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As Autism Cases Grow in Oregon, New Laws May Arise

State Rep. Chris Edwards, D-Eugene, and his wife knew something was wrong when their son, Simon, hit 18 months without speaking his first word. By that age, most children are stringing together simple, two-word sentences: "Shoe Off!", perhaps, or the ever-popular "Want more!" But for Simon, it would take almost two more years before the experts finally had an answer for his parents. The verdict was autism, the brain disability that affects more than 7,000 schoolchildren in Oregon, a percentage that's been growing by double digits in recent years. To read more, click here

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Hundreds Join in Walk for Down Syndrome Education

The inspirational song "All Walk Together" from the actor Chris Burke with bandmates Joe and John DeMasi set the pace Saturday for the eighth annual Ups of Downs Buddy Walk, which raised $8,000 to support Down syndrome education, activities and research. More than 500 people cheered as they lined up for the start of the walk in Memorial Park.The number of walkers has increased each year, but the highest amount had been 200 until this year, when the number more than doubled. "We can't believe this," said Rhonda Grant, one of the organizers of the event. "It's so heartwarming that all of these people came to support our kids. We've just been pounding the streets with fliers because we want to have our community be aware of our individuals with Down syndrome, to accept them and respect them because they are part of our community." To read more, click here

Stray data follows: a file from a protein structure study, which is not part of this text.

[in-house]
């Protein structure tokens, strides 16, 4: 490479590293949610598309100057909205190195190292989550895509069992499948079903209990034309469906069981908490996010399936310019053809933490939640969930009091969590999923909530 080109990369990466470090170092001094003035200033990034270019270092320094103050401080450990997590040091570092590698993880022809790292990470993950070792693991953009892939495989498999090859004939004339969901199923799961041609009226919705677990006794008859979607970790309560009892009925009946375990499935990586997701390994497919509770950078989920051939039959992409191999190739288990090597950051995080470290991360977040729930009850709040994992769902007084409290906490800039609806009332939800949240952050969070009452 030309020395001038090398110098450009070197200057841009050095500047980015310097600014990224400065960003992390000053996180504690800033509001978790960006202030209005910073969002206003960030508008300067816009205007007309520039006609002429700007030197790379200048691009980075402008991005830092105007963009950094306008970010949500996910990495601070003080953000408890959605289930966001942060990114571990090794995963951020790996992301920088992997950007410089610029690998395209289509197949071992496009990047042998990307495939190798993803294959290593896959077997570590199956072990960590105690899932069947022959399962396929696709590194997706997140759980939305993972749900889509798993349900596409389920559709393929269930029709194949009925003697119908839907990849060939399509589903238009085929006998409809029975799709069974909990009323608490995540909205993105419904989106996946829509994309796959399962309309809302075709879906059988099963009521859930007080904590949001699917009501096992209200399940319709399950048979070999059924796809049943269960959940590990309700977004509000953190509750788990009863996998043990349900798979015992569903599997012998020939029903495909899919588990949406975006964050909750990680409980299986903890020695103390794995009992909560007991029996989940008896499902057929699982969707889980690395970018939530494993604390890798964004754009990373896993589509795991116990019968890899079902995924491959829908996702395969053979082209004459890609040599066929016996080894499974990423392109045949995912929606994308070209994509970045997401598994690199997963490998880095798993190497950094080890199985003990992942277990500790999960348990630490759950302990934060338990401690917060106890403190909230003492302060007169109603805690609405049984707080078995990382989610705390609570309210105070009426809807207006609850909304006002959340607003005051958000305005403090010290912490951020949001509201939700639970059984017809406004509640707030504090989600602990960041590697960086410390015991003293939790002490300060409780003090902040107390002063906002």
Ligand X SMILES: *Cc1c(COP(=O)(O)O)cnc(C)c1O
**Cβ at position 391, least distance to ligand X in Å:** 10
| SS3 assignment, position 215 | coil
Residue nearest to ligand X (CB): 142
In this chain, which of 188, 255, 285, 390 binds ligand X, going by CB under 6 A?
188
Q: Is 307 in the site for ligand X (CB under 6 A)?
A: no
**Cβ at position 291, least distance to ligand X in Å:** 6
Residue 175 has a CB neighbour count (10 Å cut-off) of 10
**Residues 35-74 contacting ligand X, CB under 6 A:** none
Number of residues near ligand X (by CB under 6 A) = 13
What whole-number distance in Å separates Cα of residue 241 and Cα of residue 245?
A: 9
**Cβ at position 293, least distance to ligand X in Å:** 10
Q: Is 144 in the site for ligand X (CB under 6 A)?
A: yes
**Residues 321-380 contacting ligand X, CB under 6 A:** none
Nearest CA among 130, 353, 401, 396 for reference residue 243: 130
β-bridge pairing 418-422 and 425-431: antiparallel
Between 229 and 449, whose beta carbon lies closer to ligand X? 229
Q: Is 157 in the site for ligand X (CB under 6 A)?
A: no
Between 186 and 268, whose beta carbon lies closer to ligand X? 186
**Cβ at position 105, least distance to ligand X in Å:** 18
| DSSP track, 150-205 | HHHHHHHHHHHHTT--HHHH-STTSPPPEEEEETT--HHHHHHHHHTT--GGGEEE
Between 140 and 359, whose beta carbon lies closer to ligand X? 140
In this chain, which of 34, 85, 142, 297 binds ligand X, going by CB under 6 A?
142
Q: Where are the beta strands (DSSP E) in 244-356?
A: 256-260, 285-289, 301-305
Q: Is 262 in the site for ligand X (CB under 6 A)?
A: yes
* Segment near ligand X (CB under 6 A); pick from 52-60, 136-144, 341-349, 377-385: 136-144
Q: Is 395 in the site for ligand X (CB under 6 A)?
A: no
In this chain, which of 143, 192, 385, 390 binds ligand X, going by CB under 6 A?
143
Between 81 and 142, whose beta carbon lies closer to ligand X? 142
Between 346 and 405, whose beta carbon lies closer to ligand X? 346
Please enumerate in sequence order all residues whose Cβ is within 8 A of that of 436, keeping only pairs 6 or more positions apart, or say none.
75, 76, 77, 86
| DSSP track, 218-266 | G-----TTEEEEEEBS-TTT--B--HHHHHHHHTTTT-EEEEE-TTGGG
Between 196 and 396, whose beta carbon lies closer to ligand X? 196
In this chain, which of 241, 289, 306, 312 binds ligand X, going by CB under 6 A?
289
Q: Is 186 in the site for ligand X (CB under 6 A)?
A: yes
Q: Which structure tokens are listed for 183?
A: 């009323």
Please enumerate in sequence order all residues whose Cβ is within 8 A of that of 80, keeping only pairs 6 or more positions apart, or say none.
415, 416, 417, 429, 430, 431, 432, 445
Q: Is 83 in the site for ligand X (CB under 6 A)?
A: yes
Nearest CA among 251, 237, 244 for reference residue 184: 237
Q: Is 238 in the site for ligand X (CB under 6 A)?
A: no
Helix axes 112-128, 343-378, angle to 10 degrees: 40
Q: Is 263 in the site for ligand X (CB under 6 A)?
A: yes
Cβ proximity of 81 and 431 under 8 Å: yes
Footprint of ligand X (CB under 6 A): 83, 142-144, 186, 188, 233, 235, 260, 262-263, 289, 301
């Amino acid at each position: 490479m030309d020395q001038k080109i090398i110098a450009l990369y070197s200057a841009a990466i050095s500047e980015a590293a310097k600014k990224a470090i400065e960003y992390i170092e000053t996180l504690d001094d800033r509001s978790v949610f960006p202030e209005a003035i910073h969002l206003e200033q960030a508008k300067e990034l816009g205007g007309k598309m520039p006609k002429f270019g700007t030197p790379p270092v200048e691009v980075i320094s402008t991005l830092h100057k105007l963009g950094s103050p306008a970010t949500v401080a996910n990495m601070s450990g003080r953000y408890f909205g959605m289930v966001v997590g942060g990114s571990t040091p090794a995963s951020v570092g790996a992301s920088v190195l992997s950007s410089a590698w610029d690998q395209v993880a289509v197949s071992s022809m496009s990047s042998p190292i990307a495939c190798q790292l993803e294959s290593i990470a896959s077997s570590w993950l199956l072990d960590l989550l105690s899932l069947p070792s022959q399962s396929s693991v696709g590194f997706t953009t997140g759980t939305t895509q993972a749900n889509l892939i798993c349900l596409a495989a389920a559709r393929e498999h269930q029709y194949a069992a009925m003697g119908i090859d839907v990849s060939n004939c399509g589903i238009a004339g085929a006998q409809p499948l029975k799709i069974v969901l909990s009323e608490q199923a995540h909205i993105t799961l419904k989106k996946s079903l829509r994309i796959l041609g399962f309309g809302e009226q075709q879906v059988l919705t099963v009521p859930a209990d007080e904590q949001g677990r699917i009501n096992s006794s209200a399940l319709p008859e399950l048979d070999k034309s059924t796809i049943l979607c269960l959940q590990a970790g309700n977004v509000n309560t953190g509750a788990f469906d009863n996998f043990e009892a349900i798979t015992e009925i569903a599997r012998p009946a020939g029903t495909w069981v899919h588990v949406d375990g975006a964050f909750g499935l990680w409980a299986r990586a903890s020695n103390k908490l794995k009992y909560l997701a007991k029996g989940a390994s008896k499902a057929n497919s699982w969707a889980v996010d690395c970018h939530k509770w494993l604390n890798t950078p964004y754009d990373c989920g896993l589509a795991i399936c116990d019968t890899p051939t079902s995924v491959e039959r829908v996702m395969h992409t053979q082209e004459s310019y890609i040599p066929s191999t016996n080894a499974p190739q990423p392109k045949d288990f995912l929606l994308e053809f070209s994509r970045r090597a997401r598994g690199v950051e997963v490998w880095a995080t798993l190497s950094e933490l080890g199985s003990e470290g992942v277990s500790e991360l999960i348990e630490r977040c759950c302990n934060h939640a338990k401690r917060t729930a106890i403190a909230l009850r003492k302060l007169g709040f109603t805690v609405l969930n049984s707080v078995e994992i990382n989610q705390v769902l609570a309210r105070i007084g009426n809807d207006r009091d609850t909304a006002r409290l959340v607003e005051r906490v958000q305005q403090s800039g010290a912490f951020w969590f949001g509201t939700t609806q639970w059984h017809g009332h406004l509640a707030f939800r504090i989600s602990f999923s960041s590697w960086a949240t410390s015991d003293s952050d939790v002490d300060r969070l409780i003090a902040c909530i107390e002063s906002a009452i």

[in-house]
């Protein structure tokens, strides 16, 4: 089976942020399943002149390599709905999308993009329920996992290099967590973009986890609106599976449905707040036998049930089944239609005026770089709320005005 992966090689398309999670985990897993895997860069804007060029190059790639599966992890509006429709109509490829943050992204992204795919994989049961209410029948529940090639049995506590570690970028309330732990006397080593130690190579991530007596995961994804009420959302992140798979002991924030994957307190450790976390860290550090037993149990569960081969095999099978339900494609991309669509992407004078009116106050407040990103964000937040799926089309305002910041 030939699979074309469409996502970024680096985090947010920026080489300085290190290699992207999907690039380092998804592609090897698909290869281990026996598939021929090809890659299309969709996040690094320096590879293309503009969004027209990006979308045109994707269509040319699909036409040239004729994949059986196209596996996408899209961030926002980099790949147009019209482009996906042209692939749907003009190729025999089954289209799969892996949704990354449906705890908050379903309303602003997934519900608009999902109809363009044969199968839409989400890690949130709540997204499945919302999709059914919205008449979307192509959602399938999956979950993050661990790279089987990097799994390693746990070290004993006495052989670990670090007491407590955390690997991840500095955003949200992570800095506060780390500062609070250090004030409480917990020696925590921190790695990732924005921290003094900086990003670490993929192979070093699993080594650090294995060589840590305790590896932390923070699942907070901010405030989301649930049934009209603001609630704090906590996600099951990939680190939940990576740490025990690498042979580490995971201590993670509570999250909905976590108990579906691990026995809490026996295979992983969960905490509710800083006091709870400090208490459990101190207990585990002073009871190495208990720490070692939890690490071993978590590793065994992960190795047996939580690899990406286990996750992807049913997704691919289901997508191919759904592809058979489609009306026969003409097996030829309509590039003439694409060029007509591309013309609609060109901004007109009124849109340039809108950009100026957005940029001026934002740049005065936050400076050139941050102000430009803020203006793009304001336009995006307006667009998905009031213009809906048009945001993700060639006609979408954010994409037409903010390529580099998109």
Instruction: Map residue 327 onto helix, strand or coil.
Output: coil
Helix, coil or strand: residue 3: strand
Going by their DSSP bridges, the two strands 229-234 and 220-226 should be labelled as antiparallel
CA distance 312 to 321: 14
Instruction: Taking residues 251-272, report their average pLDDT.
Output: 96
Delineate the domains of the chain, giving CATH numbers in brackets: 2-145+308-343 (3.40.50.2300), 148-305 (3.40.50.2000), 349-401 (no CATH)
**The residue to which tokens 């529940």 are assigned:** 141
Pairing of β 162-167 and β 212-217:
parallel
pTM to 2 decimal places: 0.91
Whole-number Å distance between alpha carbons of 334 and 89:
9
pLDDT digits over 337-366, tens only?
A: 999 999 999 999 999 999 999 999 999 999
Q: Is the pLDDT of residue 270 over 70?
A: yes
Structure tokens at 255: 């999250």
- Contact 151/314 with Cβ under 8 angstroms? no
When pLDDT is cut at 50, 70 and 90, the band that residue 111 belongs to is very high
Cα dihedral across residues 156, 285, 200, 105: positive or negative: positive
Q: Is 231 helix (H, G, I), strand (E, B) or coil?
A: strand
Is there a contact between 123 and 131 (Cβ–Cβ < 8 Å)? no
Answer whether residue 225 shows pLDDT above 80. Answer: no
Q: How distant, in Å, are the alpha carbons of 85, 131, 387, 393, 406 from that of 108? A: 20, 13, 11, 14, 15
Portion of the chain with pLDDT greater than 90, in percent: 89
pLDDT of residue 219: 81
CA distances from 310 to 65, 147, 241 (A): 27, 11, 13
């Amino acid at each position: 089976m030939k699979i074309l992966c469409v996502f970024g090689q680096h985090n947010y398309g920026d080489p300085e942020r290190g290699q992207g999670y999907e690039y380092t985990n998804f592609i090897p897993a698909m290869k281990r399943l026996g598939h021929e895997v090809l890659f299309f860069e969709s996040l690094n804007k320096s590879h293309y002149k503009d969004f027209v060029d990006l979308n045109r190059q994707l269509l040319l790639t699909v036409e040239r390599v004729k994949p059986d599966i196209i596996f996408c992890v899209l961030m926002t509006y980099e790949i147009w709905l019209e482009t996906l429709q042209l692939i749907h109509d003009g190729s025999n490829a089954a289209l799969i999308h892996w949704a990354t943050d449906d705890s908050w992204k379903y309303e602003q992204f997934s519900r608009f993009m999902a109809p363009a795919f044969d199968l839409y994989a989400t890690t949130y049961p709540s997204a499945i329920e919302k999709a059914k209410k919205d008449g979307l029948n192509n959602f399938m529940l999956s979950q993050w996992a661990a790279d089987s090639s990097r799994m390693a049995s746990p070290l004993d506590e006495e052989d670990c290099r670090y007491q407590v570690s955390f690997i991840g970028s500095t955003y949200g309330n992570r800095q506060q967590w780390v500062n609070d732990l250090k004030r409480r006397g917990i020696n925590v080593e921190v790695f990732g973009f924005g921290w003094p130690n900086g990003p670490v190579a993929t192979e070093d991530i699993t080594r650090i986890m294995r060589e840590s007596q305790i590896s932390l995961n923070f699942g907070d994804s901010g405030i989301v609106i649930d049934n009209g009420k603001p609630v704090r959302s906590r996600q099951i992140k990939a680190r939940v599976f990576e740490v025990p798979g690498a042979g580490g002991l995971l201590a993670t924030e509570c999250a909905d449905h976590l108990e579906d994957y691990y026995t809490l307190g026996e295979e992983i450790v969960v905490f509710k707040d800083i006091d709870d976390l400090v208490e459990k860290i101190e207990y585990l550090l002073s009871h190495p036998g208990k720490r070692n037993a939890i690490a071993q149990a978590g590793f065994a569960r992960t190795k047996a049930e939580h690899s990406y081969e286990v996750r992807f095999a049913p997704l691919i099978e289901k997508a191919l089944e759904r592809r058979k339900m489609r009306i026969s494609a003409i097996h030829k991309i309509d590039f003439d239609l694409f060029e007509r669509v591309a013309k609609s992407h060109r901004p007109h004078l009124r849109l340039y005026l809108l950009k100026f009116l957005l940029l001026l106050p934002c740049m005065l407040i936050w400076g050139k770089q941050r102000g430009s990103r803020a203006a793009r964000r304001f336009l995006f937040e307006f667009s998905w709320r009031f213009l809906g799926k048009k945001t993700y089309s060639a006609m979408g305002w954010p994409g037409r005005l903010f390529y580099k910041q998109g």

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Adulthood Has Different Challenges for Those with Learning and Physical Disabilities

He worked hard but struggled with his school work. He had trouble paying attention when he was younger and was diagnosed with attention deficit disorder. Hawkins moved from middle school to high school and continued to struggle, but he didn't like to focus on his learning difficulties. "I didn't want to make my problems other people's problems," Hawkins, now 22, said. Moving from the teenage years to adulthood can be a difficult transition. It can be even more difficult for young people dealing with a learning disability like Hawkins or a mental or physical disability. Living independently, securing employment or just maintaining adequate healthcare can be overwhelming issues to face. As Bryan left high school, he started taking classes at Wallace Community College. He took computer classes and office management courses, graduating in May 2007. To read more, click here

Board Certification in Special Education - Available to NASET Members

Through an agreement with The American Academy of Special Education Professionals (AASEP), NASET members now have the opportunity to achieve AASEP Board Certification in Special Education - (B.C.S.E.) at a reduced fee.  AASEP Board Certification in Special Education - (B.C.S.E.) is a voluntary choice on the part of the candidate. The candidate for Board Certification wishes to demonstrate a commitment to excellence to employers, peers, administrators, other professionals, and parents. From the standpoint of the Academy, board certification will demonstrate the highest professional competency in the area of special education. Board Certification in Special Education establishes a much needed standard for professionals, across disciplines, who work with exceptional children.   For more information on Board Certification in Special Education, click here